Ready to reenter post-shut down America? Good luck

As we enter the uncharted waters of a post-shut down America, I have a couple of questions: Is it safe to go outside? Where is it safe?

Like everybody else, I’m tired of spending too much time at home. Like you, I’d like to return to the world I knew back in early March, when I was free to come and go as I pleased without worrying if the next person I encountered was carrying a virus that could be my death sentence.

I also appreciate the fact that the economy can’t remain in hibernation forever. The damage to date has been significant—a lot of people on “furlough” are going to discover they don’t have a job to return to—and it will just get worse the longer it takes us to return to some semblance of normalcy.

So states are starting to reopen even though they have suspect data thanks to a lack of testing that works, the death total has passed 100,000 while infections continue to increase in some areas, and scientists warn of a second or third wave of infections without a vaccine or herd immunity.

We are asked to take some simple precautions: Wash your hands frequently, stay at least six feet from people in public, and wear a face covering when mingling with the public. But thanks to a president who only believes experts who tell him what he wants to hear, these simple acts have become controversial.

Ignoring the advice of the experts at the Centers for Disease Control, President Trump informs us that wearing a mask is just being “politically correct,” that testing is “overrated,” and that the coronavirus will disappear without a vaccine, which we should have any day now. Meanwhile, he wants every state to reopen ASAP, ready or not.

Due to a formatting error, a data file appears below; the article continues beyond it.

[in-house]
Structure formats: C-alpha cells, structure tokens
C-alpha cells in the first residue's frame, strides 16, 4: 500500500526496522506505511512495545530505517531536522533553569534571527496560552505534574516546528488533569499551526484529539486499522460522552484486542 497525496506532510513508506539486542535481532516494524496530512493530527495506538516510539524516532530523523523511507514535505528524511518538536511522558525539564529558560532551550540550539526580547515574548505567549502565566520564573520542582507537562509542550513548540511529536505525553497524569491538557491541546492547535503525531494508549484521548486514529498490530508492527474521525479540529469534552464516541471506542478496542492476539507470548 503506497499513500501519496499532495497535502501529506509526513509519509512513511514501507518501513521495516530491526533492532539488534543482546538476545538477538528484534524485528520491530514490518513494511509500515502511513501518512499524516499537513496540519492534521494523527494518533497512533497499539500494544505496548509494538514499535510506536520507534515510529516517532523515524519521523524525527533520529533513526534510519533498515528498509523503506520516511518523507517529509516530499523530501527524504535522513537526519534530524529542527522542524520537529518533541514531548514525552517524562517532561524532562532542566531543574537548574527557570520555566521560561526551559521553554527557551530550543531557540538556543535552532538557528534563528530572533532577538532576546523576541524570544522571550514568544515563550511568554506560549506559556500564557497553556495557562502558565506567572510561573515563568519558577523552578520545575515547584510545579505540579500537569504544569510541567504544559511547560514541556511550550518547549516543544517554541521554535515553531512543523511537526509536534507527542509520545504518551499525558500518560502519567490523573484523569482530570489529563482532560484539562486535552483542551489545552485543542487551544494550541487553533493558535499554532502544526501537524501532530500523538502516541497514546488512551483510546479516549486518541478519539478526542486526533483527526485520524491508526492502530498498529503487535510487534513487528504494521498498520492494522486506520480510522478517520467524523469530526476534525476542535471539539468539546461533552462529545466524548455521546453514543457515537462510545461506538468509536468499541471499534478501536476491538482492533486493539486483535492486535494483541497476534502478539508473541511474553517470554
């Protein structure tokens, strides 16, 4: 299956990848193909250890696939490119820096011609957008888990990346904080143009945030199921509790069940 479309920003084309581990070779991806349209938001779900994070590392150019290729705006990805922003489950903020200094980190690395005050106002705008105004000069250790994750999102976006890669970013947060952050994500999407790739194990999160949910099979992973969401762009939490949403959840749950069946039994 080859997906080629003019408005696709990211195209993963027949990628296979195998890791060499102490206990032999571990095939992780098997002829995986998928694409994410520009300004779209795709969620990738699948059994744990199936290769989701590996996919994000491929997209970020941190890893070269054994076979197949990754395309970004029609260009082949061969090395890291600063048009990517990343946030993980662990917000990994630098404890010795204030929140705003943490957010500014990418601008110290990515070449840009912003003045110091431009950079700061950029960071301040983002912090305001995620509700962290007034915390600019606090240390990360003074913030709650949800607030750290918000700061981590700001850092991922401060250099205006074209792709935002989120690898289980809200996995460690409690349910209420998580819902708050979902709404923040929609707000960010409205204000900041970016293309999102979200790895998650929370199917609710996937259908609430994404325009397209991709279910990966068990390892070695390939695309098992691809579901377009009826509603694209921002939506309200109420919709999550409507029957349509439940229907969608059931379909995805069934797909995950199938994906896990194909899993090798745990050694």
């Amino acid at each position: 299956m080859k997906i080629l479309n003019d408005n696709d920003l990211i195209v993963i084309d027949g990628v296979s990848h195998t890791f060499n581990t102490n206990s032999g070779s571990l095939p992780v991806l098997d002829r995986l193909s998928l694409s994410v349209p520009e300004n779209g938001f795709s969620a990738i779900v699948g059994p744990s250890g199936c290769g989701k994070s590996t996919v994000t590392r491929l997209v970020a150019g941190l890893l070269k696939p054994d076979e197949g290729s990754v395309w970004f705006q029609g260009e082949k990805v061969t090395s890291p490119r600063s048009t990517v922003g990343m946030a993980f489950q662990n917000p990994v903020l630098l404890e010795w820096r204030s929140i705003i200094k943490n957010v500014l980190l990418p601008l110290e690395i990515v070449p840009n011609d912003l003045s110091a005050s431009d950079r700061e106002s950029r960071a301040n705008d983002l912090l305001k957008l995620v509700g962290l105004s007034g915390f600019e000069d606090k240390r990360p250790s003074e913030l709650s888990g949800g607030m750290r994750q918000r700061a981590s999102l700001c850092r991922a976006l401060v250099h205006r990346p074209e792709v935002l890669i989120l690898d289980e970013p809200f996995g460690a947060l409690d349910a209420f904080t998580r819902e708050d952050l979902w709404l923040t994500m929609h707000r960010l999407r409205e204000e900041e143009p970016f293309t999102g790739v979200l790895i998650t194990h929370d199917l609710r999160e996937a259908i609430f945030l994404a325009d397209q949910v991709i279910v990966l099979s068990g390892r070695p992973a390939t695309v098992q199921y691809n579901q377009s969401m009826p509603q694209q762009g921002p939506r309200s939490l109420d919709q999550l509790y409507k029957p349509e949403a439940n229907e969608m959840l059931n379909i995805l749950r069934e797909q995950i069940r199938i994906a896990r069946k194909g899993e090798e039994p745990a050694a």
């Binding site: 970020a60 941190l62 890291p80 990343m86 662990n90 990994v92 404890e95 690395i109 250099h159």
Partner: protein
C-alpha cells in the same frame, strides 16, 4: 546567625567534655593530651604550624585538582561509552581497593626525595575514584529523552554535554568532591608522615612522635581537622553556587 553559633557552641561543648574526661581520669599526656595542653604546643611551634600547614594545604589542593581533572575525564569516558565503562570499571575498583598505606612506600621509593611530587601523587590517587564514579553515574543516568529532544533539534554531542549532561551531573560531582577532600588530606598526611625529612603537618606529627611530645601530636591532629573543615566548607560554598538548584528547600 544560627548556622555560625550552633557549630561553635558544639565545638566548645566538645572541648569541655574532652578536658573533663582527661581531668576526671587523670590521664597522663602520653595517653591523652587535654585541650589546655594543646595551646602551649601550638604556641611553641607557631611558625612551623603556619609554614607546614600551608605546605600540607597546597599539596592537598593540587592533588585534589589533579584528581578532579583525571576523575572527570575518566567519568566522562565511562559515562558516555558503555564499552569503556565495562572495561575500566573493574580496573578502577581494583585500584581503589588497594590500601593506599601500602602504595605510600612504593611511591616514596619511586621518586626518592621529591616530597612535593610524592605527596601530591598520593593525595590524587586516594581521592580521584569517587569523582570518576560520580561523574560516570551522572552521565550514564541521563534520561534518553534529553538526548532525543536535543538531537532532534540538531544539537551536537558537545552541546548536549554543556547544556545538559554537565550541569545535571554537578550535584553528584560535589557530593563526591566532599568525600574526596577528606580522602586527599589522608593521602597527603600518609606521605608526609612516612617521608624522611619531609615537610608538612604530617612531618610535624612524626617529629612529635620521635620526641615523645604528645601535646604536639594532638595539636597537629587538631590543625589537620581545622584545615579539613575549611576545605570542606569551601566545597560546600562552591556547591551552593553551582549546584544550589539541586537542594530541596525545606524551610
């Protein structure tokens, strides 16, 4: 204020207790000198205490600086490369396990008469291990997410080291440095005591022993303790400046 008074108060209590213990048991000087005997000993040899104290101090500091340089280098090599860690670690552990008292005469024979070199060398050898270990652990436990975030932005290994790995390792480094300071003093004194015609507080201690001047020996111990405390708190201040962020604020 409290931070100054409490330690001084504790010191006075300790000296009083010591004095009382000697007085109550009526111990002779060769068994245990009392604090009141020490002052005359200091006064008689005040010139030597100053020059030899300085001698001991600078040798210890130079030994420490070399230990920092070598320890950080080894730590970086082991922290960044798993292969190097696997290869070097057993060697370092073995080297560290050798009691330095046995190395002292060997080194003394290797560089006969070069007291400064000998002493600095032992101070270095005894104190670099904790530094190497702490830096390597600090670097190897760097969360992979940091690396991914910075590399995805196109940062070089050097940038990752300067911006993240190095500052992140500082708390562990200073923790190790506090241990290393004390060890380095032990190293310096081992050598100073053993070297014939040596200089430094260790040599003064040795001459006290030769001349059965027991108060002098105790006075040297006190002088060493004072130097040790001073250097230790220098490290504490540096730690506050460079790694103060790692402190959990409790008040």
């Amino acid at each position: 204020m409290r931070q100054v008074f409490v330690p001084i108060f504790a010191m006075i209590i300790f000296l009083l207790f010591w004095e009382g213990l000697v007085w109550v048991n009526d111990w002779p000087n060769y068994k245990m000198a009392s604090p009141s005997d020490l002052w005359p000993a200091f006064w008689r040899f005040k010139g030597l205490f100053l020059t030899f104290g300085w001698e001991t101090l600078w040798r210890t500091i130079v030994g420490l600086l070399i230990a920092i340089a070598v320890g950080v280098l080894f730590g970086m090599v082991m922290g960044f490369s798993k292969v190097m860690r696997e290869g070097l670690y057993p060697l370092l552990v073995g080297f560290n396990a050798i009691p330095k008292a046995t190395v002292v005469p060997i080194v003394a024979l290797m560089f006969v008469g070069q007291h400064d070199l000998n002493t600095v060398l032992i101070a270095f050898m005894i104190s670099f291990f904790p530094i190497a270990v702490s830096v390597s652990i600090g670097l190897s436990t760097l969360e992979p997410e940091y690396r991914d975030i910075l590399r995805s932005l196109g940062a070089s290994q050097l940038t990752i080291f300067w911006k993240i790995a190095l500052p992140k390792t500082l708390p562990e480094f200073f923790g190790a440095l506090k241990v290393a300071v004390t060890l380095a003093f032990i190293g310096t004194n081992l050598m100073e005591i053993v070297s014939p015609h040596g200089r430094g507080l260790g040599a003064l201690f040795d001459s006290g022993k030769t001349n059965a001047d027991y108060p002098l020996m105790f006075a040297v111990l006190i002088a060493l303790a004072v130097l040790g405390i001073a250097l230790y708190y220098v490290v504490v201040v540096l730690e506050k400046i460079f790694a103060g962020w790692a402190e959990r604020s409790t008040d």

Most of this is driven by politics. Trump was all set to run for reelection on the strength of the economy, and is fervently praying (assuming he ever prays) for a “V” shaped rebound of the economy before November. (This is not to be confused with economists outside of Trump’s sphere of influence who expect a “U,” “W”, “Z” “L” or Nike swoosh economic recovery.)

Trump’s cavalier dismissal of science has prompted editors of the Lancet, one of the most authoritative medical journals in the world, to dismiss Trump’s “magic bullets” and urge people to put health ahead of politics.  

That hasn’t stopped some of Trump’s acolytes from saying masks are un-American and that people who wear them are Communists. People attending reopen America rallies, such as the ReOpen Nevada County gathering in Grass Valley, don’t care about masks or social distancing.

Health and Human Services Secretary Alex Azar, whose responsibilities include the CDC and other public health agencies, explained the situation this way: “I think in any individual instance, you are going to see people do things that are irresponsible. That’s part of the freedom we have as Americans.”

People don’t like social distancing either, as news coverage of Memorial Day weekend activities suggests. The same applies here. The Union ran a series of pictures last week capturing the reopening of our community, and several of them showed residents close by with no face coverings, as if nothing has changed from March.